Big Data, and its enormous power to quantify and illuminate phenomena, is all the rage. But author and entrepreneur Martin Lindstrom says it may be overrated. “Big Data is about analyzing the past,” he says, and it’s “safe and accepted” in our society to predict future trends based on what’s happened before. But that may not yield the most accurate information.
Instead, he’s a believer in " Small Data," the title of his new book, which he describes as a method that’s about “infusing creativity and preserving the instincts” of entrepreneurs, which he says can be their most valuable assets. One example of this approach he cites is media magnate Rupert Murdoch.
“Love him or hate him,” says Lindstrom, “he reads 50 or 100 newspapers a day and he can put himself in the shoes of a reader and call his editor and say, ‘I don’t like the headline because I don’t think they’ll like it’ and he’s mostly right. It’s all instincts. That’s making a company unique, because if you go through a cookie cutter format, plug the same data into the same machine, with the same people analyzing it, [you’ll get the same results as everyone else]. It’s instinct, and Small Data, that gives it a twist, and helps you see the world from a different angle.”
Lindstrom’s own methodology is a form of hands-on anthropological research, in which he visits people’s homes and gathers information about their attitudes, behaviors, and desires that they may not be aware of or choose to articulate. After as few as eight interviews, he says, “you’ll start to see a pattern, and what fits into that pattern and what doesn’t. It’s pretty strikingly obvious.”
He takes as many as 300 photos per home visit (with the homeowners’ permission) and meticulously reviews them afterward looking for clues in décor choices, layouts and more. He’s visited countless thousands of homes over the years, which has allowed him to build up what he describes as an intuition that’s “born over time and that you may not see in the moment.”
For instance, he’ll look at the objects on display in people’s “perception room,” i.e., the room in which they entertain visitors. “If you have a huge bookshelf in your perception room, you likely weren’t very well educated when you were a child, and you want to compensate for that by feeling close to literacy,” he says. “Our life is all about balance -- feeling out of balance and how to get back into balance. If you have a lot of old, antique things, you want to show that you’re sophisticated, and if you have a large number of keys hanging from the side of your pants, it’s likely you never really had control as a child, and you want to compensate for that later on. It’s not like that’s the case 100 percent of the time, but often it is, and it’s an intuition you articulate over time. Why did I feel that about that person? What did this have in common?”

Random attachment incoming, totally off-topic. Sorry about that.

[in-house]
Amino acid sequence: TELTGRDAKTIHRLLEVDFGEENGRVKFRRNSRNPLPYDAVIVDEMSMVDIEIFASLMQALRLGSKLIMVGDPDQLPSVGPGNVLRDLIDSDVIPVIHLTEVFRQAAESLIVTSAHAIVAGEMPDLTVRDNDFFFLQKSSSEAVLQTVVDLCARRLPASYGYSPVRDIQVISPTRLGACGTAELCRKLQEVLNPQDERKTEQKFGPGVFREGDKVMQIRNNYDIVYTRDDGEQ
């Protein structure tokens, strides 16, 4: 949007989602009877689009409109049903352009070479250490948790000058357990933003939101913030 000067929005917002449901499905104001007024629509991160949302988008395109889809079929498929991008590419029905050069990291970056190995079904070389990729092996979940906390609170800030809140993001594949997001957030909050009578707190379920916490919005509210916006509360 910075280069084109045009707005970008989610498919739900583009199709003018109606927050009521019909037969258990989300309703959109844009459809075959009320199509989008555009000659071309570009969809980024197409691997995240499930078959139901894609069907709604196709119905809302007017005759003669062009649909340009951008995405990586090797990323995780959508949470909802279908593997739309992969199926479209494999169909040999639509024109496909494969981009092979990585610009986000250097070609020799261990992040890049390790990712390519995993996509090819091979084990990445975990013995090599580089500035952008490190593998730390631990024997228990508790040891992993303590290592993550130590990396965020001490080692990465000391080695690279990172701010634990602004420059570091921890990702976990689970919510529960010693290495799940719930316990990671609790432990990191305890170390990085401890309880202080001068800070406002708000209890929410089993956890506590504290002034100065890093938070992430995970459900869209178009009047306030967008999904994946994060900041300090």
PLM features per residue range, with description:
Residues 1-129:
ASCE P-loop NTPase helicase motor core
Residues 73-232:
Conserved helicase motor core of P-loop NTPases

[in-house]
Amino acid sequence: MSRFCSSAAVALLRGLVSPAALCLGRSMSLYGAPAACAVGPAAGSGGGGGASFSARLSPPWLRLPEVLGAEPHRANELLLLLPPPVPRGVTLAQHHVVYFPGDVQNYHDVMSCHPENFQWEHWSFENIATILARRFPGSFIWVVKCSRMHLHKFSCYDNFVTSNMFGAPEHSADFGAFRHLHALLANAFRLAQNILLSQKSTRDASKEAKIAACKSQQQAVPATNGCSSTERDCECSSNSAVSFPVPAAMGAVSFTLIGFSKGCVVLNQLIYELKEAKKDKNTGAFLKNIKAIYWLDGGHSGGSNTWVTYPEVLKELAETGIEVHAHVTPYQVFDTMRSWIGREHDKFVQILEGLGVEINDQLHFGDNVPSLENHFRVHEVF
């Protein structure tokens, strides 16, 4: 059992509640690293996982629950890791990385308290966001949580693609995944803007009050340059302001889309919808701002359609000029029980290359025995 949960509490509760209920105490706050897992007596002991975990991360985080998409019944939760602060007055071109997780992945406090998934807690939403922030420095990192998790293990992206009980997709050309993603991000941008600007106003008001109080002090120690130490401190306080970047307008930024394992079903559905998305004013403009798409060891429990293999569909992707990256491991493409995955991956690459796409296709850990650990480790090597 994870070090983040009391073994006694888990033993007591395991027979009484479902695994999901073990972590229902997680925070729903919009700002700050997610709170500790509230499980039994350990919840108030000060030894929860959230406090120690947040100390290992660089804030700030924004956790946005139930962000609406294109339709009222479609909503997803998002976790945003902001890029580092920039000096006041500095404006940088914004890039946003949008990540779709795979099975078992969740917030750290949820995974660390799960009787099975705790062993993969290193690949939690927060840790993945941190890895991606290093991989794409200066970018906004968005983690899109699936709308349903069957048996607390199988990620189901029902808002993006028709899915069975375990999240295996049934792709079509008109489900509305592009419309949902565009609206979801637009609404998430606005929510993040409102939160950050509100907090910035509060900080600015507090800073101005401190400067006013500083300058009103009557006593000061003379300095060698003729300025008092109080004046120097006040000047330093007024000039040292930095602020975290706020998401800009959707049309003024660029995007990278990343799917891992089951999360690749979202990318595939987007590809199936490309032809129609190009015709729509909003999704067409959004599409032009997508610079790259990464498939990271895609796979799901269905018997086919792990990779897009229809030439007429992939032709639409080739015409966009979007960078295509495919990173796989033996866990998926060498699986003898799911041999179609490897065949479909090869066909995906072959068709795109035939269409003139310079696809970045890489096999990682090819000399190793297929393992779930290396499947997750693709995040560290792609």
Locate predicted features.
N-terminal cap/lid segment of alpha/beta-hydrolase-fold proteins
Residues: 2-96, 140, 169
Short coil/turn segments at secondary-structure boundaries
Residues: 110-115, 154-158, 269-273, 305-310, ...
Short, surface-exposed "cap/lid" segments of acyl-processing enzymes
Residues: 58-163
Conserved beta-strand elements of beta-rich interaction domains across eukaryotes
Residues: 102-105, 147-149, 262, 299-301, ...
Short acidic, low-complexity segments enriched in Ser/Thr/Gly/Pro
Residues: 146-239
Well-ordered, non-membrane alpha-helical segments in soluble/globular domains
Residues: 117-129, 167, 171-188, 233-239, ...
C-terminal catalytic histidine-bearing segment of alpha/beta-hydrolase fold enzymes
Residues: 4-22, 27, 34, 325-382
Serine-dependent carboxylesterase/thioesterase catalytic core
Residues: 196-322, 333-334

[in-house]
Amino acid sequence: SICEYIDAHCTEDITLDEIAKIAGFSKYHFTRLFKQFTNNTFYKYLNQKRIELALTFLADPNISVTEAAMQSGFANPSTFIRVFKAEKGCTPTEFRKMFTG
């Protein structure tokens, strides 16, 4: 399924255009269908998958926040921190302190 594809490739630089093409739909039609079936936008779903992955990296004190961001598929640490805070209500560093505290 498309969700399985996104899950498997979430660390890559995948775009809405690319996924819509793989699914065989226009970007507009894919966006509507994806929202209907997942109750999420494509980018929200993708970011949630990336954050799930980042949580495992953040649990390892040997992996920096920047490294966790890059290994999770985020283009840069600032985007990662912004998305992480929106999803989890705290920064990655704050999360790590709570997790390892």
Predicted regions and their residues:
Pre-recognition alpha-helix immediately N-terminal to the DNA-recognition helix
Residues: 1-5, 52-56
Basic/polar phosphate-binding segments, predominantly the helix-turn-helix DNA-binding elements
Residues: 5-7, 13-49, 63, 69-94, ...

Lindstrom’s Small Data approach may not seem as overtly "scientific" as Big Data, but he says that immersing clients in the process gives them a visceral sense of its validity. “I can’t count the number of times I brought the CEO of a company along on [consumer] interviews and it changed their entire view of the company vs. what was in their reports.”
But he doesn’t ask clients to take simply take his analysis on faith. Instead, he says the ideal mix is developing a hypothesis through a hands-on, research-based Small Data approach, and then validating it quantitatively with Big Data. For example, he discovered that the number of refrigerator magnets people had was correlated with how sentimental they were -- almost a metaphorical desire to “freeze time” as captured in the photographs on display.
Notes Lindstrom, “What I can do now is, instead of asking people questions like, How self-contained are you? and How many friends do you have?, I can say, ‘How do you place your magnets on the fridge? How big is your painting? How do you place your shoes?’ You can combine those seemingly insignificant observations with Big Data” to produce unusual and telling insights about what customers want and need.
For instance, studying the cooking and wardrobe habits of Indian mothers-in-law and daughters-in-law helped Lindstrom and his team make recommendations for how to design the packaging of a breakfast cereal and understanding the isolation of rural and suburban North Carolinians trapped in a car-centric culture sparked his recommendation that a local grocery store chain should double down on its feeling of community by emphasizing its homey roast chicken offering.
Any entrepreneur can benefit from the power of Small Data, says Lindstrom, and it all starts with noticing. As more and more people keep their heads down and their eyes glued to their smartphones, we’re missing crucial information about the world around us. “It provoked me to be more observant over time, because others have become less observant,” he says. “I like to go the opposite way.”